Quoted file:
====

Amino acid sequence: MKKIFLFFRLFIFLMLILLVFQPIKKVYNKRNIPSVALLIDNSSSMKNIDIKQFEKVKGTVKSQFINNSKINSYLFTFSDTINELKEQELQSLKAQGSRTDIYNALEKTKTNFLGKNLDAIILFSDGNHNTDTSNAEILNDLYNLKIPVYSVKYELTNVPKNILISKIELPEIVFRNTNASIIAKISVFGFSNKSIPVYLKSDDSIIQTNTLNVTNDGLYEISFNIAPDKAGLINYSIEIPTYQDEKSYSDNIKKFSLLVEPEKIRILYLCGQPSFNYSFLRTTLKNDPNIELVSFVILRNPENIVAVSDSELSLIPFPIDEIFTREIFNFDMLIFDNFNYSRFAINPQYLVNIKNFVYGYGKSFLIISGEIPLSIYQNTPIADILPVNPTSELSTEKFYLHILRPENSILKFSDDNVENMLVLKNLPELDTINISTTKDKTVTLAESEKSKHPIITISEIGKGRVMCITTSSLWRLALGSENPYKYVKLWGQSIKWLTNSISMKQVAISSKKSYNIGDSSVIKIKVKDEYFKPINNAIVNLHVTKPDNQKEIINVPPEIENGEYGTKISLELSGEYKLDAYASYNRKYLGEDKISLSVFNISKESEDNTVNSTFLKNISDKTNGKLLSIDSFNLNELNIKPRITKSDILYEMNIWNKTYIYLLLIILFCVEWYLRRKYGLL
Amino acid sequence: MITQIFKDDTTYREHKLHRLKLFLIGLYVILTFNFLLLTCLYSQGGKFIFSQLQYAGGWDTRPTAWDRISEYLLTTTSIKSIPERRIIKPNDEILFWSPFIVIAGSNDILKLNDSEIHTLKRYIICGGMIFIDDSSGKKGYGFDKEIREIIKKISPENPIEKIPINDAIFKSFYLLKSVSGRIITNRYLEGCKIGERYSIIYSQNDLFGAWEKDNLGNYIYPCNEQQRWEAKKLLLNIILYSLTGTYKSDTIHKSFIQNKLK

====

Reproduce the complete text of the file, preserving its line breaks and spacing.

Amino acid sequence: MKKIFLFFRLFIFLMLILLVFQPIKKVYNKRNIPSVALLIDNSSSMKNIDIKQFEKVKGTVKSQFINNSKINSYLFTFSDTINELKEQELQSLKAQGSRTDIYNALEKTKTNFLGKNLDAIILFSDGNHNTDTSNAEILNDLYNLKIPVYSVKYELTNVPKNILISKIELPEIVFRNTNASIIAKISVFGFSNKSIPVYLKSDDSIIQTNTLNVTNDGLYEISFNIAPDKAGLINYSIEIPTYQDEKSYSDNIKKFSLLVEPEKIRILYLCGQPSFNYSFLRTTLKNDPNIELVSFVILRNPENIVAVSDSELSLIPFPIDEIFTREIFNFDMLIFDNFNYSRFAINPQYLVNIKNFVYGYGKSFLIISGEIPLSIYQNTPIADILPVNPTSELSTEKFYLHILRPENSILKFSDDNVENMLVLKNLPELDTINISTTKDKTVTLAESEKSKHPIITISEIGKGRVMCITTSSLWRLALGSENPYKYVKLWGQSIKWLTNSISMKQVAISSKKSYNIGDSSVIKIKVKDEYFKPINNAIVNLHVTKPDNQKEIINVPPEIENGEYGTKISLELSGEYKLDAYASYNRKYLGEDKISLSVFNISKESEDNTVNSTFLKNISDKTNGKLLSIDSFNLNELNIKPRITKSDILYEMNIWNKTYIYLLLIILFCVEWYLRRKYGLL
Amino acid sequence: MITQIFKDDTTYREHKLHRLKLFLIGLYVILTFNFLLLTCLYSQGGKFIFSQLQYAGGWDTRPTAWDRISEYLLTTTSIKSIPERRIIKPNDEILFWSPFIVIAGSNDILKLNDSEIHTLKRYIICGGMIFIDDSSGKKGYGFDKEIREIIKKISPENPIEKIPINDAIFKSFYLLKSVSGRIITNRYLEGCKIGERYSIIYSQNDLFGAWEKDNLGNYIYPCNEQQRWEAKKLLLNIILYSLTGTYKSDTIHKSFIQNKLK